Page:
DRUMBEAT Program Provides a Safe Space for Rhythmic Reflection

Cindy Mathers found herself at a loss. Tasked with engaging a group of young teenage boys identified as at-risk of transitioning poorly to secondary school, the community health nurse, who works with aboriginal communities in West Gippsland, Australia, was worried that conventional talk-based techniques would fall short with the boisterous boys. DRUMBEAT, a group program that uses hand drumming to create a fun, safe space for social learning and self-reflection, provided her with a solution.

Life After Lockdown

The New York Bureau recently compiled profiles on three young New Yorkers with one thing in common: a history of time spent in lock-down facilities.

Turning Mistakes of the Past into Tools for the Future

One of the questions I have pondered since my release from prison is when and where to share my past with people in my life, both personally and at work. Sometimes it is an easy decision. When I started writing for JJIE it was hoped that my point of view, based on my experiences, would offer a voice not usually heard in discussions about justice. This week I was working in a diversion center, talking to some of the residents about communications skills. One of the guys commented that I needed to work with the staff, since the inmates had little conflict or trouble with one another.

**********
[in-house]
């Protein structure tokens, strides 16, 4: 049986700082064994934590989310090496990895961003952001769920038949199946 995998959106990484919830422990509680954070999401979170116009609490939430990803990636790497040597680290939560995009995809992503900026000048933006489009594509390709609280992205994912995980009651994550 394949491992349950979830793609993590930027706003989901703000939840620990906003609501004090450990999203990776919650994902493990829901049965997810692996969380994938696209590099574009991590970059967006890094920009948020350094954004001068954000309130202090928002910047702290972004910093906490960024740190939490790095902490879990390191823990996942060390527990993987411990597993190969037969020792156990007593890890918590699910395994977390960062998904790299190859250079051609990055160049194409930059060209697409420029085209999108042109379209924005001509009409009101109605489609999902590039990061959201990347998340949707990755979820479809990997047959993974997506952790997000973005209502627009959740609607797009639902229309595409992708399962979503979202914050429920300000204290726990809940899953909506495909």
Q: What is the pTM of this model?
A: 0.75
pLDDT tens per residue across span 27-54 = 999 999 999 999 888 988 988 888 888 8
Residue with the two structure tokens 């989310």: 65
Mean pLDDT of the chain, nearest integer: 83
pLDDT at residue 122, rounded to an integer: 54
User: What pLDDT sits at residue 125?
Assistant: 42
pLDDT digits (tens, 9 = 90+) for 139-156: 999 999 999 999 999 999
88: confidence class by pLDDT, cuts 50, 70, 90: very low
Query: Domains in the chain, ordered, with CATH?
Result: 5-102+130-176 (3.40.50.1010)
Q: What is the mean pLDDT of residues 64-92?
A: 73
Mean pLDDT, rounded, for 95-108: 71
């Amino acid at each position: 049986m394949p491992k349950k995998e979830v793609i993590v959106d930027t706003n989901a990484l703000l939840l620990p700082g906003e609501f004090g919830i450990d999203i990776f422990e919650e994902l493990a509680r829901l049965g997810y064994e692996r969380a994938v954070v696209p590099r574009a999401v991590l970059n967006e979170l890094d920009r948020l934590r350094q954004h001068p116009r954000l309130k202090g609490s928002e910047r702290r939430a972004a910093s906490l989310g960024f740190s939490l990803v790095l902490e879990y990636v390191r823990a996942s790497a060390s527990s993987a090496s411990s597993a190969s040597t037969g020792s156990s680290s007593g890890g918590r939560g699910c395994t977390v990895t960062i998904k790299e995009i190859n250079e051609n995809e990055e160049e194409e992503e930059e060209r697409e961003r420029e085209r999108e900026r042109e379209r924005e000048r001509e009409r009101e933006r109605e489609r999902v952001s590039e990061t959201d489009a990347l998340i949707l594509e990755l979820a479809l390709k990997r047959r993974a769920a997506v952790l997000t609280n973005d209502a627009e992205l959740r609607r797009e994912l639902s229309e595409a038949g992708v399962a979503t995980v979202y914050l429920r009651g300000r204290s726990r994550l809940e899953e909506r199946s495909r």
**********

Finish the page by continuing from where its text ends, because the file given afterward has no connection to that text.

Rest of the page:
U.S. Senate Subcommittee Hears Testimony on School-to-Prison Pipeline

WASHINGTON, D.C. – Twenty-year-old Edward Ward, a sophomore on the honor roll at DePaul University, tried to describe to U.S. Sens. Dick Durbin (D-Ill.) and Al Franken (D-Minn.), the only senators left in the room by the time he spoke on Capitol Hill Wednesday, what it was like to grow up in his neighborhood on the west side of Chicago. “When I was 18, I witnessed a complete stranger’s killing mere feet from me in a neighborhood restaurant,” Ward said before the Senate subcommittee. “I was stopped by the police a few years ago. I saw them train their guns on me until I could show them the item in my hand was only a cell phone.”

Things didn’t get much better at high school, Ward said.

Choosing to Stay and Fight For Kids in Trouble

“What happened in your life that made you a passionate advocate for kids?” When Jane Hansen, Information Officer for the Georgia Supreme Court, asked me this question last week during an interview, I thought, “Whoa — the question assumed something happened to me.” Now I am paranoid — what does she know that I don’t? I have known Jane going way back to my days as a parole officer when she was a reporter for the Atlanta Journal Constitution — she has a keen sense of things. This “happening” resides in the recesses of my mind, something that rises to the surface from time to time when triggered by an event, song, or a question.